From the desk of Joshua Hayward: The Division I Washington Court of Appeals, in an unpublished opinion, recently addressed whether summary judgment was appropriate when Plaintiff, who tripped and fell while entering an elevator, provided no evidence that Defendant had breached a duty of care or had knowledge of the dangerous condition Plaintiff alleged caused her injuries.
Claims Pointer: Common carriers, including elevator operators, owe the highest duty of care to passengers that is compatible with the practical operation of their business. This duty, however, is not one of strict liability. Negligence will not be presumed or inferred just because a passenger is injured. Plaintiffs must offer evidence in support of each element of their claim or their claim will be dismissed.
Pascal v. WH Park Place Mezz, LLC, 69839-7-I, 2014 WL 953859 (Wash. Ct. App. Mar. 10, 2014)
While entering an elevator at the Park Place Building, Jeanne Pascal tripped and fell, tearing her rotator cuff and dislocating her shoulder. Pascal claimed that her injuries were caused when the elevator misleveled due to the negligence of the building owner Park Place Mezz, which was vicariously liable for the conduct of its elevator maintenance company. The trial court granted summary judgment to Park Place Mezz because Pascal presented no evidence to support her claim that Park Place Mezz had breached its duty or had actual or constructive knowledge of the elevator misleveling. Pascal appealed.
In reviewing the lower court’s decision, the Washington Court of Appeals noted that in the four months prior to the alleged incident, the service mechanic responsible for inspection and maintenance of the elevators did not observe any misleveling of the elevators during his monthly inspection and had not received any complaints of misleveling. The building’s chief engineer testified that he had no notice of any misleveling issues regarding the specific elevator.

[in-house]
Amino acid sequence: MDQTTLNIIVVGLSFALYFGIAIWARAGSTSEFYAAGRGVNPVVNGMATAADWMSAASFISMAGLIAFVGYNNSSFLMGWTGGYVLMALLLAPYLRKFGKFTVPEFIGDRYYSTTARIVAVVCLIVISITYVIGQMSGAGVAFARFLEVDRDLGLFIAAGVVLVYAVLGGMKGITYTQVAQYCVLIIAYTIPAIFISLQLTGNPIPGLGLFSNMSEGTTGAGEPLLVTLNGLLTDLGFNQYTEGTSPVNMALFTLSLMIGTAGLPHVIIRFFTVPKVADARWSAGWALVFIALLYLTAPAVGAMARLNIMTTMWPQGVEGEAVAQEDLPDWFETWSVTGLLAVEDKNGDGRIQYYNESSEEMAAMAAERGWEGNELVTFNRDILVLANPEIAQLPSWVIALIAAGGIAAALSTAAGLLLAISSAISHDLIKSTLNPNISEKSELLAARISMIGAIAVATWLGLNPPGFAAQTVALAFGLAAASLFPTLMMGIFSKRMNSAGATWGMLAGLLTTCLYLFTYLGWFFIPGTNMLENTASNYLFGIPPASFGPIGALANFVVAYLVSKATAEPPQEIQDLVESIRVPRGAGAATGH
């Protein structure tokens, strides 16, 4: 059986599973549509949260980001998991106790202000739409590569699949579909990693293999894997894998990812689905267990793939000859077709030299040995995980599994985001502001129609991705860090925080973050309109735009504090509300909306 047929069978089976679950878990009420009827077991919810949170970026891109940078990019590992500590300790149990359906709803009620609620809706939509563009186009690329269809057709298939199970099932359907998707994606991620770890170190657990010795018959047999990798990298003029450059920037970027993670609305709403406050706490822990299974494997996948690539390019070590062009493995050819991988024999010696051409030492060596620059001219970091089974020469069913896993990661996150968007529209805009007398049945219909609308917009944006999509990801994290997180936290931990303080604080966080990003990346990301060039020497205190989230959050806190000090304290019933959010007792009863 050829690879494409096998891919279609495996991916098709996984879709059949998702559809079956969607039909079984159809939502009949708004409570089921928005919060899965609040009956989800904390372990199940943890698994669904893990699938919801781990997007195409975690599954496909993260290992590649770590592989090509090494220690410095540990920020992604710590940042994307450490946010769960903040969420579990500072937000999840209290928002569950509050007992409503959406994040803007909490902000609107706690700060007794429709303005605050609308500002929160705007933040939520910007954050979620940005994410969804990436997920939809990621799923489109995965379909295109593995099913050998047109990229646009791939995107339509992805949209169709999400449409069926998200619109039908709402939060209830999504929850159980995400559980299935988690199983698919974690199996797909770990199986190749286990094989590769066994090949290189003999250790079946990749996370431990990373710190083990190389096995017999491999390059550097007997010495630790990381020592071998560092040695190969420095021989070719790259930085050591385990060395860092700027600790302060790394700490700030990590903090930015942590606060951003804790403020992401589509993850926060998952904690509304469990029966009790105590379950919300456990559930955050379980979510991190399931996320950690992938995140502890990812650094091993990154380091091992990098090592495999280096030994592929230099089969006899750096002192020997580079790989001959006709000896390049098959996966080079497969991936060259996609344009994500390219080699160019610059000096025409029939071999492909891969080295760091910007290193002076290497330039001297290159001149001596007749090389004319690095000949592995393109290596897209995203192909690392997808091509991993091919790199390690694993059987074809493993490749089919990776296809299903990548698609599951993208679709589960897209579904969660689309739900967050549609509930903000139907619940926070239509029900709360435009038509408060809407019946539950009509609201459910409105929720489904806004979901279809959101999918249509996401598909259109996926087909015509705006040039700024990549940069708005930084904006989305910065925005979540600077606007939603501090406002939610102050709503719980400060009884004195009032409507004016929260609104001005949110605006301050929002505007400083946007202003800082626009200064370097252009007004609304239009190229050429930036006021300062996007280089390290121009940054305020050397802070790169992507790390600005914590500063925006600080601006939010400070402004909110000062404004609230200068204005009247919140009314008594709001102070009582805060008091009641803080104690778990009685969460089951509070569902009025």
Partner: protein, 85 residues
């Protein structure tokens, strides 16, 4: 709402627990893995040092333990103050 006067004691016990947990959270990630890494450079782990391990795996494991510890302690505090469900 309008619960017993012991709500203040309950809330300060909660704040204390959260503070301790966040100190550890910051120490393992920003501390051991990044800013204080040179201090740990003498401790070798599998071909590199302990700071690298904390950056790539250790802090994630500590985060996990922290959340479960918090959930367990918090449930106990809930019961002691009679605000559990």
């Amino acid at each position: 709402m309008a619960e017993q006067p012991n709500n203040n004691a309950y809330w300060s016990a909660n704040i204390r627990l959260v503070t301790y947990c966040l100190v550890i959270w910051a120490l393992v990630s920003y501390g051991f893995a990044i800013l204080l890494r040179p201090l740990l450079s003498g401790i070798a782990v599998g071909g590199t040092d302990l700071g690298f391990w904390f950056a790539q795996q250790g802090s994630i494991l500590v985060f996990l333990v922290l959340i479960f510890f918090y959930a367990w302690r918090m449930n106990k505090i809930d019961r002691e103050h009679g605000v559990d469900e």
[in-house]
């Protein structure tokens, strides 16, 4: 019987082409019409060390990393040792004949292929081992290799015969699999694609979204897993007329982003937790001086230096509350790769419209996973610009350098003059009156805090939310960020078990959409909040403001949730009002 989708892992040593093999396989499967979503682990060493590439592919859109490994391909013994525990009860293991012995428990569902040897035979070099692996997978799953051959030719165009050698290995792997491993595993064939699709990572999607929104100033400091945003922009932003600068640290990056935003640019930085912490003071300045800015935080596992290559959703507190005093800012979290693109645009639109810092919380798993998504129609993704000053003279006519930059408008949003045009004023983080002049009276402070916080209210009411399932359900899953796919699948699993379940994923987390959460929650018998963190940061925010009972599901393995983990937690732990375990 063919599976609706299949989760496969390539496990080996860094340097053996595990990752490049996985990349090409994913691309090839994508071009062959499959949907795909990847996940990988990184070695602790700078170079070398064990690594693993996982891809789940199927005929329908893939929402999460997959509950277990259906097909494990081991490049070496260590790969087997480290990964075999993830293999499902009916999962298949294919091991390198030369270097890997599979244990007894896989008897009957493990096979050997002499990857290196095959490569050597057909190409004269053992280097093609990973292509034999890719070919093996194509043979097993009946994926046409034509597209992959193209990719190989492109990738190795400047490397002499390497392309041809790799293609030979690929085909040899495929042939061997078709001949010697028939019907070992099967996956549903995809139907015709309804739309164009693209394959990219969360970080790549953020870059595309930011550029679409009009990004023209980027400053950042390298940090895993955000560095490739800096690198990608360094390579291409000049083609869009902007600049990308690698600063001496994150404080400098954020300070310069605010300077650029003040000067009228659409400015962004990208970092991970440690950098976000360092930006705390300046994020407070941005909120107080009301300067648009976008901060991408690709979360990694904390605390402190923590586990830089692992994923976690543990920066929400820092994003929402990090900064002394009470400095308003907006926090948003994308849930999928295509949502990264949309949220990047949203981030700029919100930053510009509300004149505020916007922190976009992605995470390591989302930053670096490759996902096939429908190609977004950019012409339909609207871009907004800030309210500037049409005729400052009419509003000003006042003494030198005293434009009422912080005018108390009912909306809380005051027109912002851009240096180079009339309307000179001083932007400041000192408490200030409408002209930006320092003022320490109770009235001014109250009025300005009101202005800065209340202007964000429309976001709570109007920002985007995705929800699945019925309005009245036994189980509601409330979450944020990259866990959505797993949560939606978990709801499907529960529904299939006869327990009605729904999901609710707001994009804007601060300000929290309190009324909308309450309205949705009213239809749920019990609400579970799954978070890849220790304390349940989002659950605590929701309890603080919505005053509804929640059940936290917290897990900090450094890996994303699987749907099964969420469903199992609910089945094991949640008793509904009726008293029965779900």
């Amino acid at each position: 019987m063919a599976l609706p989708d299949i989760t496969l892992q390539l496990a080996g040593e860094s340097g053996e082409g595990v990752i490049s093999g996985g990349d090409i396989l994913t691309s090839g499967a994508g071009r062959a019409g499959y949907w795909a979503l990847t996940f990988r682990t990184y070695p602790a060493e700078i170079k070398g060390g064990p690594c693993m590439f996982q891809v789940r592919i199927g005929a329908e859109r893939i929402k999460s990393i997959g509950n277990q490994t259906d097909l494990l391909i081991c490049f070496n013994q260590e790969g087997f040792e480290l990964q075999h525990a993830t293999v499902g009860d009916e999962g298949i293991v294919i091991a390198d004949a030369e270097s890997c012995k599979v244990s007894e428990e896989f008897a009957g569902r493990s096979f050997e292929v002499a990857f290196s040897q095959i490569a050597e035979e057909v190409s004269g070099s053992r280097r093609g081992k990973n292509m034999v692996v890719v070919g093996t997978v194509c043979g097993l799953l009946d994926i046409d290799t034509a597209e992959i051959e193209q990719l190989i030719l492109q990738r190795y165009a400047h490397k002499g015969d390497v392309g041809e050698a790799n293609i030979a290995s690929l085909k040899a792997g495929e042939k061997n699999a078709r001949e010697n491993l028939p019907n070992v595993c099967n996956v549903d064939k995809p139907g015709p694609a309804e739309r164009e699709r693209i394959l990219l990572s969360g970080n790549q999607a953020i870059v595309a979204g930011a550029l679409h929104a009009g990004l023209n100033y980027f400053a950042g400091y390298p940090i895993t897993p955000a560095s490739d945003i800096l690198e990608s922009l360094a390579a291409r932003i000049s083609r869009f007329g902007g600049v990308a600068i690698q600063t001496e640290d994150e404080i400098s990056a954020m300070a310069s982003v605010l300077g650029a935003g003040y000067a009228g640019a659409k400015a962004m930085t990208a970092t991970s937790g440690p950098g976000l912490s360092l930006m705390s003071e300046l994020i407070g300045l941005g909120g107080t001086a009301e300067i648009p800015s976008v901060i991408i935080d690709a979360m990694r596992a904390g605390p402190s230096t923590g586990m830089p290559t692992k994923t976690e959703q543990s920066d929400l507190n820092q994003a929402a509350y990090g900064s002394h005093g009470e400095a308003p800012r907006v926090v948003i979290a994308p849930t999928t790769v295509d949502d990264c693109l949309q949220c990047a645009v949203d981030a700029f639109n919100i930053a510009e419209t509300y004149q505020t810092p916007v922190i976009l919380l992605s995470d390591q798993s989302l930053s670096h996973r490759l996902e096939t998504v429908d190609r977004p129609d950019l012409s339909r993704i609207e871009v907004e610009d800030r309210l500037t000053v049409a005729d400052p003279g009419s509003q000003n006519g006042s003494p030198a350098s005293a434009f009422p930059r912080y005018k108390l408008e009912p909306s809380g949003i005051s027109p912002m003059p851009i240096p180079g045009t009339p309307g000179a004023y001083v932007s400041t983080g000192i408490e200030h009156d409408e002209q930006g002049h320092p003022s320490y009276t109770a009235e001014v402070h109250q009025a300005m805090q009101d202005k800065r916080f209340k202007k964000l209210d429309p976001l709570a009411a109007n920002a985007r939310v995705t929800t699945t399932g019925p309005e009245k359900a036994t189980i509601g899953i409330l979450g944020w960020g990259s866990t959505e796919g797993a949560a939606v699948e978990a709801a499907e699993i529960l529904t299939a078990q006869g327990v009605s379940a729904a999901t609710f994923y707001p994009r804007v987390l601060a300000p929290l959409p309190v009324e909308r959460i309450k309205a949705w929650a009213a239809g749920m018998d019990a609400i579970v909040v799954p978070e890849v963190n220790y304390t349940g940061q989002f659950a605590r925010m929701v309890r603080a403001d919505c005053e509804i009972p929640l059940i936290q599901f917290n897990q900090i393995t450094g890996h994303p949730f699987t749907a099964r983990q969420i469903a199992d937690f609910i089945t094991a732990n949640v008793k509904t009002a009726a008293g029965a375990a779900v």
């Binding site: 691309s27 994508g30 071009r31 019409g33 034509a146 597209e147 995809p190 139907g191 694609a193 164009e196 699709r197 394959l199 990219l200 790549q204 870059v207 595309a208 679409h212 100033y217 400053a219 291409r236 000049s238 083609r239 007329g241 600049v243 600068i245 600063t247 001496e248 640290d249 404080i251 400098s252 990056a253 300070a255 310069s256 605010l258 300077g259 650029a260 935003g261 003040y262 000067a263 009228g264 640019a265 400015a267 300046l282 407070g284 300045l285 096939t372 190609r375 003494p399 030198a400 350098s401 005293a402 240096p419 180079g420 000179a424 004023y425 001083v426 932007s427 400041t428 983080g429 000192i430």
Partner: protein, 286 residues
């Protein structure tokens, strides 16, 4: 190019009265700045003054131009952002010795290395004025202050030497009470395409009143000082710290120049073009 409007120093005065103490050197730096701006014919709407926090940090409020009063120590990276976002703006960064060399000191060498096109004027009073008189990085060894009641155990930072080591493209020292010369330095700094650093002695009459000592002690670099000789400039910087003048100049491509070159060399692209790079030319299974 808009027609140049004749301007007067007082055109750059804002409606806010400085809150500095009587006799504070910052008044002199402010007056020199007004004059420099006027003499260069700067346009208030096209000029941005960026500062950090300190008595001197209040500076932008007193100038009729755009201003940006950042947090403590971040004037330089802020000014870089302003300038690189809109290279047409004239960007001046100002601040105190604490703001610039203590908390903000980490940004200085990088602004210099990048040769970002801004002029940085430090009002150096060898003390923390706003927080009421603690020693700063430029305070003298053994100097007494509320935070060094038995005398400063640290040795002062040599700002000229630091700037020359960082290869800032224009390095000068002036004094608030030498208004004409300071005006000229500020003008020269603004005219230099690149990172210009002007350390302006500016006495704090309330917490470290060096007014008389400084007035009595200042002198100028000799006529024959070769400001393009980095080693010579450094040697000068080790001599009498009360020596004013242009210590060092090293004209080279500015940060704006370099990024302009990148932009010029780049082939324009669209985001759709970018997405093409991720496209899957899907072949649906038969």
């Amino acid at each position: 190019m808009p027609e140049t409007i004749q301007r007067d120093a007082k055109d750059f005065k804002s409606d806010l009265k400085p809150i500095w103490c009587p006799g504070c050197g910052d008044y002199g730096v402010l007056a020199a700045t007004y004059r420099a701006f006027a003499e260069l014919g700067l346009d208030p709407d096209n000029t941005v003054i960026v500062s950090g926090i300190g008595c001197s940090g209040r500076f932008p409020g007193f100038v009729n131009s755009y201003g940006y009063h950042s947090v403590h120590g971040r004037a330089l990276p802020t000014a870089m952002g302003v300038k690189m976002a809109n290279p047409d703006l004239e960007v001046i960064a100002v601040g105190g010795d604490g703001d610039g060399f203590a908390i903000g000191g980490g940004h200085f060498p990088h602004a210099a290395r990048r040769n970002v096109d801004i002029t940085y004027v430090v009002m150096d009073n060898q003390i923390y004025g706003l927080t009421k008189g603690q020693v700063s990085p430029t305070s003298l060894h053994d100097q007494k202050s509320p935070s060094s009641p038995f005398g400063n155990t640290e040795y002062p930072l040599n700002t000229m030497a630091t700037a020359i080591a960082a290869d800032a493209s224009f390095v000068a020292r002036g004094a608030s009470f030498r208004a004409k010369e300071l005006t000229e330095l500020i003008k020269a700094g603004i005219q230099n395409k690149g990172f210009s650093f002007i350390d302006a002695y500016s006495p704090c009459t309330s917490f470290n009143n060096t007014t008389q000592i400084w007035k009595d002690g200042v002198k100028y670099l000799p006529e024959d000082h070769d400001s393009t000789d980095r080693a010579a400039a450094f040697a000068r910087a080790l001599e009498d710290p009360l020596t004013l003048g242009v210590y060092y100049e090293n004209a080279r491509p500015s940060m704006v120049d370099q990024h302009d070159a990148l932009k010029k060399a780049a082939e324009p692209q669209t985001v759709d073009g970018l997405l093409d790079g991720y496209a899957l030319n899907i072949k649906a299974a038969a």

In response, Pascal simply claimed that her foot clipped the elevator floor, causing her to trip and fall. She did not observe whether the elevator misleveled on the day of the incident. Pascal assumed that because the garage floor was stationary, the elevator must have misleveled. Pascal had observed some of the other elevators in the building misleveling from time to time. She further supported her position against Park Place Mezz’s motion for summary judgment with declarations from individuals who had previously observed misleveling in the building’s elevators, however, none of the witnesses testified that they observed misleveling of the specific elevator between the date of the last monthly maintenance and the date of the incident. Pascal also presented evidence that 14 days after her incident, a building worker observed the specific elevator misleveling between one half to three quarters of an inch.
The trial court determined that Pascal’s evidence was not sufficient to overcome a motion for summary judgment and the Court of Appeals agreed.
The court ruled that a defendant can move for summary judgment by showing a lack of evidence in support of a plaintiff’s case. The plaintiff must then set forth specific facts sufficient to show a genuine issue of material fact. Conclusory statements, opinions, allegations, and denials will not suffice. Although common carriers are required to take reasonable precautions for their passengers’ safety, the mere occurrence of an accident does not mean that negligence should be presumed or inferred.
Here, there was no evidence to suggest that Park Place Mezz should have reasonably anticipated that an accident might occur, necessitating precautionary measures. In the four months prior, there had been no notice, constructive or actual, of the garage elevator misleveling. In the eyes of the court, Park Place Mezz had met its common carrier duty by hiring an elevator maintenance company to inspect the building’s elevators on a monthly basis and respond to service calls as necessary. The fact that the specific elevator was observed misleveling on February 4 did not support an inference that the elevator had misleveled on the date of the incident, January 21. As mechanical devices, elevator materials can wear out or break in the absence of negligence. Pascal’s expert failed to opine on why the elevator misleveled and on how the misleveling was the result of Park Place Mezz’s negligence. The lack of evidence in support of Pascal’s claim was proper grounds for dismissing the case on summary judgment.
NOTE: This opinion has not been published. It is provided to demonstrate how the court approaches the issues involved in the case.
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